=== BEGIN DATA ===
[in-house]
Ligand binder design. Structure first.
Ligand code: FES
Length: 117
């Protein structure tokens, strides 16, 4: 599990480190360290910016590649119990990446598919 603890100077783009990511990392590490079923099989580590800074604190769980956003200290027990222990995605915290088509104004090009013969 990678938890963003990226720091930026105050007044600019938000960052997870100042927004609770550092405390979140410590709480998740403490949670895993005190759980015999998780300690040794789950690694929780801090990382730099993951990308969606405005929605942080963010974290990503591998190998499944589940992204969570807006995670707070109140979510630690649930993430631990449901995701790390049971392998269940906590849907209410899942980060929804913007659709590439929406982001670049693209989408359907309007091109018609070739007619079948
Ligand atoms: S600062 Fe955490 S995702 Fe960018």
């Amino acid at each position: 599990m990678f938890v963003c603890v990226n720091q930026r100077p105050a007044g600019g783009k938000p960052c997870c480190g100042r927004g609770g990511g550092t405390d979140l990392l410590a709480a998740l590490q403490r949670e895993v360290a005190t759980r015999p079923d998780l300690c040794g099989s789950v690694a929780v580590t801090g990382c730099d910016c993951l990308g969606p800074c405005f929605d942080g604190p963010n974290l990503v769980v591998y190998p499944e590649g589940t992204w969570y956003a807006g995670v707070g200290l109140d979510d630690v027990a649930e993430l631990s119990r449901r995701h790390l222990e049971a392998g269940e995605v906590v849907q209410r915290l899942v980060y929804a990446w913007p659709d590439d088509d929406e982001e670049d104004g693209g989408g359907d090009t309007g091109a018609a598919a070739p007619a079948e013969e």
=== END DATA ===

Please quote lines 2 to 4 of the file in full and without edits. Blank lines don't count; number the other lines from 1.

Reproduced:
Ligand binder design. Structure first.
Ligand code: FES
Length: 117